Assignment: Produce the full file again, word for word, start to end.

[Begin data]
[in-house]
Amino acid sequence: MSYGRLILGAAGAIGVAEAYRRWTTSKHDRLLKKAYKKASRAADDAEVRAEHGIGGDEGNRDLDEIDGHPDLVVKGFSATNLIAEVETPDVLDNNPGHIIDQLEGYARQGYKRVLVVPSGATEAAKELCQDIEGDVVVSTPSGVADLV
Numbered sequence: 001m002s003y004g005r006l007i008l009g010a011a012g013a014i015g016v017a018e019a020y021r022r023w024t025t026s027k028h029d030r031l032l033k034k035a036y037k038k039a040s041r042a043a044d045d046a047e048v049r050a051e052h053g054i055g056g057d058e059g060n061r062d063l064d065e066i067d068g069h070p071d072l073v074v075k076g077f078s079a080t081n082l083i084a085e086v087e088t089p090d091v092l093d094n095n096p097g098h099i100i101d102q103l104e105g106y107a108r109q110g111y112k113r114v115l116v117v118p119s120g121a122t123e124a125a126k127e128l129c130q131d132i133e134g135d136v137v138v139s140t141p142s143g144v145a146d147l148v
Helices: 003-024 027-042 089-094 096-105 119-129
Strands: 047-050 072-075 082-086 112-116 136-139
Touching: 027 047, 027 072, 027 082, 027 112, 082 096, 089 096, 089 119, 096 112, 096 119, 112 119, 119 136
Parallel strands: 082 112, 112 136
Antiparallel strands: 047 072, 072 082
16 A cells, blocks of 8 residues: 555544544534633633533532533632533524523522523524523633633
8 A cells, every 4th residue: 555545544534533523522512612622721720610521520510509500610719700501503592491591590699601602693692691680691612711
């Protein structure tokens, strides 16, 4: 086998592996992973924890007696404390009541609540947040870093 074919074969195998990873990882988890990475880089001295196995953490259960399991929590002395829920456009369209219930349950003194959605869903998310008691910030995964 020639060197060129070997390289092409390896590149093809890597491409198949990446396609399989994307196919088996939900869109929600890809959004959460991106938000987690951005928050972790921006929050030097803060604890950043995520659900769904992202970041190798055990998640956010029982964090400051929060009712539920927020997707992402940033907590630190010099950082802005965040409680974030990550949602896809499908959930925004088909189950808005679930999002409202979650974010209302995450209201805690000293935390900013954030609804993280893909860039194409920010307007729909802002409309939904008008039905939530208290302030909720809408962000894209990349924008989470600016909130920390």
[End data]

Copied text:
[in-house]
Amino acid sequence: MSYGRLILGAAGAIGVAEAYRRWTTSKHDRLLKKAYKKASRAADDAEVRAEHGIGGDEGNRDLDEIDGHPDLVVKGFSATNLIAEVETPDVLDNNPGHIIDQLEGYARQGYKRVLVVPSGATEAAKELCQDIEGDVVVSTPSGVADLV
Numbered sequence: 001m002s003y004g005r006l007i008l009g010a011a012g013a014i015g016v017a018e019a020y021r022r023w024t025t026s027k028h029d030r031l032l033k034k035a036y037k038k039a040s041r042a043a044d045d046a047e048v049r050a051e052h053g054i055g056g057d058e059g060n061r062d063l064d065e066i067d068g069h070p071d072l073v074v075k076g077f078s079a080t081n082l083i084a085e086v087e088t089p090d091v092l093d094n095n096p097g098h099i100i101d102q103l104e105g106y107a108r109q110g111y112k113r114v115l116v117v118p119s120g121a122t123e124a125a126k127e128l129c130q131d132i133e134g135d136v137v138v139s140t141p142s143g144v145a146d147l148v
Helices: 003-024 027-042 089-094 096-105 119-129
Strands: 047-050 072-075 082-086 112-116 136-139
Touching: 027 047, 027 072, 027 082, 027 112, 082 096, 089 096, 089 119, 096 112, 096 119, 112 119, 119 136
Parallel strands: 082 112, 112 136
Antiparallel strands: 047 072, 072 082
16 A cells, blocks of 8 residues: 555544544534633633533532533632533524523522523524523633633
8 A cells, every 4th residue: 555545544534533523522512612622721720610521520510509500610719700501503592491591590699601602693692691680691612711
């Protein structure tokens, strides 16, 4: 086998592996992973924890007696404390009541609540947040870093 074919074969195998990873990882988890990475880089001295196995953490259960399991929590002395829920456009369209219930349950003194959605869903998310008691910030995964 020639060197060129070997390289092409390896590149093809890597491409198949990446396609399989994307196919088996939900869109929600890809959004959460991106938000987690951005928050972790921006929050030097803060604890950043995520659900769904992202970041190798055990998640956010029982964090400051929060009712539920927020997707992402940033907590630190010099950082802005965040409680974030990550949602896809499908959930925004088909189950808005679930999002409202979650974010209302995450209201805690000293935390900013954030609804993280893909860039194409920010307007729909802002409309939904008008039905939530208290302030909720809408962000894209990349924008989470600016909130920390």